I was on my wife’s HMO and her hours were reduced and we lost the HMO. Yet we never recieved any info on using COBRA for continous coverage?

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Jeffrey Johnson is a legal writer with a focus on personal injury. He has worked on personal injury and sovereign immunity litigation in addition to experience in family, estate, and criminal law. He earned a J.D. from the University of Baltimore and has worked in legal offices and non-profits in Maryland, Texas, and North Carolina. He has also earned an MFA in screenwriting from Chapman Univer...

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UPDATED: Oct 12, 2010

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Insurance Question from Fremont, CA

Asked on 10/12/2010

I was on my wife’s HMO and her hours were reduced and we lost the HMO. Yet we never recieved any info on using COBRA for continous coverage? I'm diabetic

Answer given on October 13, 2010

I’m not exactly sure what you are asking, but I’ll try to cover a few angles that will help you out.

 

1)  You may not have been offered COBRA.  If your wife worked for a company with less than 20 employees, they don’t have to offer it.    If you feel you should have been offered COBRA, they have a certain length of time in which to get you the information.  You don’t give any info on the date you lost coverage, etc. so I can’t evaluate that for you.  Here is a link on everything you need to know about COBRA:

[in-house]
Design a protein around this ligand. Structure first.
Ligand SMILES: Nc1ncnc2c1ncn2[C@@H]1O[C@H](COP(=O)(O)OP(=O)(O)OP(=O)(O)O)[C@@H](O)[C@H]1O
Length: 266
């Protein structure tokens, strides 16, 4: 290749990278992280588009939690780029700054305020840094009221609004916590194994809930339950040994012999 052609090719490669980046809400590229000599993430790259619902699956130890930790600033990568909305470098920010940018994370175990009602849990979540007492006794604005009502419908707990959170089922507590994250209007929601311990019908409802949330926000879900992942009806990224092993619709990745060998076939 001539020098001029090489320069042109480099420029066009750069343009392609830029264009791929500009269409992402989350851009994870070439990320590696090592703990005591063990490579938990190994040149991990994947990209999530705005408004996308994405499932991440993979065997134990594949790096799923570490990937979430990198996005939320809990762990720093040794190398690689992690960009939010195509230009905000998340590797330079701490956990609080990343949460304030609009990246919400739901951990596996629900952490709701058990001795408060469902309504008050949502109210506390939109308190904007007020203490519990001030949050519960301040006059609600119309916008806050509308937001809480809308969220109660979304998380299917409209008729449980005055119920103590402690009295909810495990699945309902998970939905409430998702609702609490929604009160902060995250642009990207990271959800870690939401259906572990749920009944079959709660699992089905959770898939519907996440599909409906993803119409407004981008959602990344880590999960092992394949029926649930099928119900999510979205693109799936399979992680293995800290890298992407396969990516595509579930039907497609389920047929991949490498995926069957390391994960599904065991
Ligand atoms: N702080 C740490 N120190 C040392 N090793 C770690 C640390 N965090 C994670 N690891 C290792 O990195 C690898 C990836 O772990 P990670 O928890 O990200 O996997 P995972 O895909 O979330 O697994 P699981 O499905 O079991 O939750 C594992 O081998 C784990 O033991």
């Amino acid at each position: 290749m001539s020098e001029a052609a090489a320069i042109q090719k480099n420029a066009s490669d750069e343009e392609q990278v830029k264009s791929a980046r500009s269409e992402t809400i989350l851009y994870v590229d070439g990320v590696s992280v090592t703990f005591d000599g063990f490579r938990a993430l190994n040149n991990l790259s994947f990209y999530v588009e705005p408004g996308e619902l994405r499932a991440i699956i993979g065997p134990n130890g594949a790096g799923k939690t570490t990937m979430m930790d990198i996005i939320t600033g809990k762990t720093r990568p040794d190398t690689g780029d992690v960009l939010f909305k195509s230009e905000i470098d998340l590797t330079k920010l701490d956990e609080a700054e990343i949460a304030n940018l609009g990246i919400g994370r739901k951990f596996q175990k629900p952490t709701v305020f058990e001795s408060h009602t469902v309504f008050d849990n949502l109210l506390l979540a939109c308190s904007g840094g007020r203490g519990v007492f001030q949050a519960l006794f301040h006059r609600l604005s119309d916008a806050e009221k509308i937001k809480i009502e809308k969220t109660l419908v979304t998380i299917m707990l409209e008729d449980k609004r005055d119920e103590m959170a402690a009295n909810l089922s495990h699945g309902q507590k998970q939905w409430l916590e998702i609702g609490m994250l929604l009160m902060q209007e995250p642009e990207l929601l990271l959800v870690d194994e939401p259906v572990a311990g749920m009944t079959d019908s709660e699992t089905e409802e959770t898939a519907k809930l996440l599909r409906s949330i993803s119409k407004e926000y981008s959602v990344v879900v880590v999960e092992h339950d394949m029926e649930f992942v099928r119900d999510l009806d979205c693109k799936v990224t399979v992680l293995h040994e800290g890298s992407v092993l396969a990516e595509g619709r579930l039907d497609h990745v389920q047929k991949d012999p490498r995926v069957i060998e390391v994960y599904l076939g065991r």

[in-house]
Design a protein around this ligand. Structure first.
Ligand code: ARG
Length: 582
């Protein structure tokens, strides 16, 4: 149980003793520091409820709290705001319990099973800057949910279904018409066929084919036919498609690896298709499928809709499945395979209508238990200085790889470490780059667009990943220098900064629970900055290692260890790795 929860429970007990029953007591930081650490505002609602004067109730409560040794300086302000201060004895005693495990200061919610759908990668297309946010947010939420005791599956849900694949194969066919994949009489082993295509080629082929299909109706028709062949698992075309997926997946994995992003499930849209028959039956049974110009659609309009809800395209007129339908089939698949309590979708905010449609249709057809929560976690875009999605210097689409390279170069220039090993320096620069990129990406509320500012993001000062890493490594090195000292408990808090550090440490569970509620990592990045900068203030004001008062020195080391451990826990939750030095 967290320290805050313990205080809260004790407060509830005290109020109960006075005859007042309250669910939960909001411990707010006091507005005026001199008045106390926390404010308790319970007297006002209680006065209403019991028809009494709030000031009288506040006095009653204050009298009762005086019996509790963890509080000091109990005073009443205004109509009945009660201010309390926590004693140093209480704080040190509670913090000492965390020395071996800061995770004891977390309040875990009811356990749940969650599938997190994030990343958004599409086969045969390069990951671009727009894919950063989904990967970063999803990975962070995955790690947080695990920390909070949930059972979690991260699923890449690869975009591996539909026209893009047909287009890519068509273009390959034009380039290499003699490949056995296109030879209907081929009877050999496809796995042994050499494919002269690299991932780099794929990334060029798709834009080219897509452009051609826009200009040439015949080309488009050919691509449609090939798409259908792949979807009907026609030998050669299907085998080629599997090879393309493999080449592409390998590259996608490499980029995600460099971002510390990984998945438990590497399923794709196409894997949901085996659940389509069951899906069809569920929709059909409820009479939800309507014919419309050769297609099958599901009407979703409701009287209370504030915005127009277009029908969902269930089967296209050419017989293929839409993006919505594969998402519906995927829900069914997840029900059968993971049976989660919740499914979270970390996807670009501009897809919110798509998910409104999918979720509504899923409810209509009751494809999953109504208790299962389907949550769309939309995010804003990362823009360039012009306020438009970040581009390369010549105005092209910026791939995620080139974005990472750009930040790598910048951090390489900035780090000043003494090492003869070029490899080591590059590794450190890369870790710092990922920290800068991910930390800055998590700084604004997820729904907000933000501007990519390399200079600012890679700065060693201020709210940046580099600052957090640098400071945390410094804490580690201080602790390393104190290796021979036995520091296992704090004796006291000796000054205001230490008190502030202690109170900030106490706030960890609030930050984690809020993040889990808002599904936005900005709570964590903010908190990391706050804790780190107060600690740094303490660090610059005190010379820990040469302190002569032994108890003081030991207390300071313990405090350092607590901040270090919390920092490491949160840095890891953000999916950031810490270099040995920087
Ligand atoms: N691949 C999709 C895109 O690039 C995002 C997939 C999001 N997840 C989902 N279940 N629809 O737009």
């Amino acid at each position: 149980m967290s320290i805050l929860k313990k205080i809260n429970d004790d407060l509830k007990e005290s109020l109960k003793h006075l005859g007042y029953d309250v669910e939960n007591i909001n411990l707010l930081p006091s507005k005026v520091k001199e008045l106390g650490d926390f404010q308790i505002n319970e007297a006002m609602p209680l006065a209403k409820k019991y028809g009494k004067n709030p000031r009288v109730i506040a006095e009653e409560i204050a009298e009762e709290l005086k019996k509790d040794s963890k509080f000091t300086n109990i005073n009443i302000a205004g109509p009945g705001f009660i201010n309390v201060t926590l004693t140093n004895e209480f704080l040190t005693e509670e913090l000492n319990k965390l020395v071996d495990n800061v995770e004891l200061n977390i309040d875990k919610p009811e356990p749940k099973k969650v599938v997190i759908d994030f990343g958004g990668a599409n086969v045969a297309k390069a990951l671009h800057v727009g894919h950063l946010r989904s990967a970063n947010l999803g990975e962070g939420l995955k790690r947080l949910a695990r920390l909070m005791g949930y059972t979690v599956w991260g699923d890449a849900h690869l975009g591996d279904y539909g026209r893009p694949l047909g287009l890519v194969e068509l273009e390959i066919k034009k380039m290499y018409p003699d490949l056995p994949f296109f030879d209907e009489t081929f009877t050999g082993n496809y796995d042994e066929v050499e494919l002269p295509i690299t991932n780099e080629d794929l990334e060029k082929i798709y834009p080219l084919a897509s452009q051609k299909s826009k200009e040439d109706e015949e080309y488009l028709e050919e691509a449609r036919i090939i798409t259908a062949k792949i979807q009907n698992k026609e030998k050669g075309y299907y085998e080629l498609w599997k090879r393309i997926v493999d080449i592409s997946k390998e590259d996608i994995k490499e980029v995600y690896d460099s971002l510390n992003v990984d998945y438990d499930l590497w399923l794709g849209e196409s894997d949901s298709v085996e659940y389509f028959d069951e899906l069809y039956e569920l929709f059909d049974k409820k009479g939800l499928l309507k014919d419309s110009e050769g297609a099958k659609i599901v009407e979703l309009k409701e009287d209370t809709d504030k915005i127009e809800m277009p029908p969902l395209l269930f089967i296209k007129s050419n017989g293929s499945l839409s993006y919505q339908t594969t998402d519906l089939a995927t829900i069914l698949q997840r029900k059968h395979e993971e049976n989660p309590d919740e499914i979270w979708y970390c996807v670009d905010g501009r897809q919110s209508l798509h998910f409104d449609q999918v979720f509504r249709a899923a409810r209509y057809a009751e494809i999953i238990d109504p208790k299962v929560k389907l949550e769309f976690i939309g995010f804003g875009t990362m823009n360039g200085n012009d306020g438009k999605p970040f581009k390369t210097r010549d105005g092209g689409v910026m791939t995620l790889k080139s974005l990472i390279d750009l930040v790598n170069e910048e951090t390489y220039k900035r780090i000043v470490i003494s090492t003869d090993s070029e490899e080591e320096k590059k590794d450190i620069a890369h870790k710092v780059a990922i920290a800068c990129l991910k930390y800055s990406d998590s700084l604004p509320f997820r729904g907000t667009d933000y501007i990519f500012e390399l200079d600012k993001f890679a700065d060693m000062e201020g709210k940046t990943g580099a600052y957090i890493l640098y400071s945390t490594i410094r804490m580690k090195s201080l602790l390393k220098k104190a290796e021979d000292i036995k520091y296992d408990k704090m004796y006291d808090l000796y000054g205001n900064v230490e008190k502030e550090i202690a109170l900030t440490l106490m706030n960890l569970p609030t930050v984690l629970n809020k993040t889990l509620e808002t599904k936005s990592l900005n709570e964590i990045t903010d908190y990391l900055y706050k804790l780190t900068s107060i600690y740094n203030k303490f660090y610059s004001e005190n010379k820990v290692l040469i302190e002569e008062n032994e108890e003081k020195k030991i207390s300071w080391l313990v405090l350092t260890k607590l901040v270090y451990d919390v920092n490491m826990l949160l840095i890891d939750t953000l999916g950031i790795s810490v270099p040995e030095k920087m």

http://www.dol.gov/ebsa/faqs/faq_consumer_cobra.HTML

You should both be eligible since you appear to meet the conditions for “qualifying events”, a reduction in hours of the covered employee…. but again, that’s it it is actually offered.  

 

2)  If it is too late, rather than fight for COBRA, take a look at California’s new plans for pre-existing conditions:

http://www.mrmib.ca.gov/

 

Chances are it will be a better or similar plan than what you currently would have through COBRA, and you will own the policy.  In 2014, these plans will all go away ( the state and fed high risk pools ) when everyone can get their own insurance, even with pre-existing conditions.  

 

If your wife is healthy, she can get her own plan ( individual ).  Her employer probably isn’t set up to reimburse her for it ( like they do now ) so she would have to pay for it herself, just like she would have to do with COBRA.  

 

Good luck!  

 


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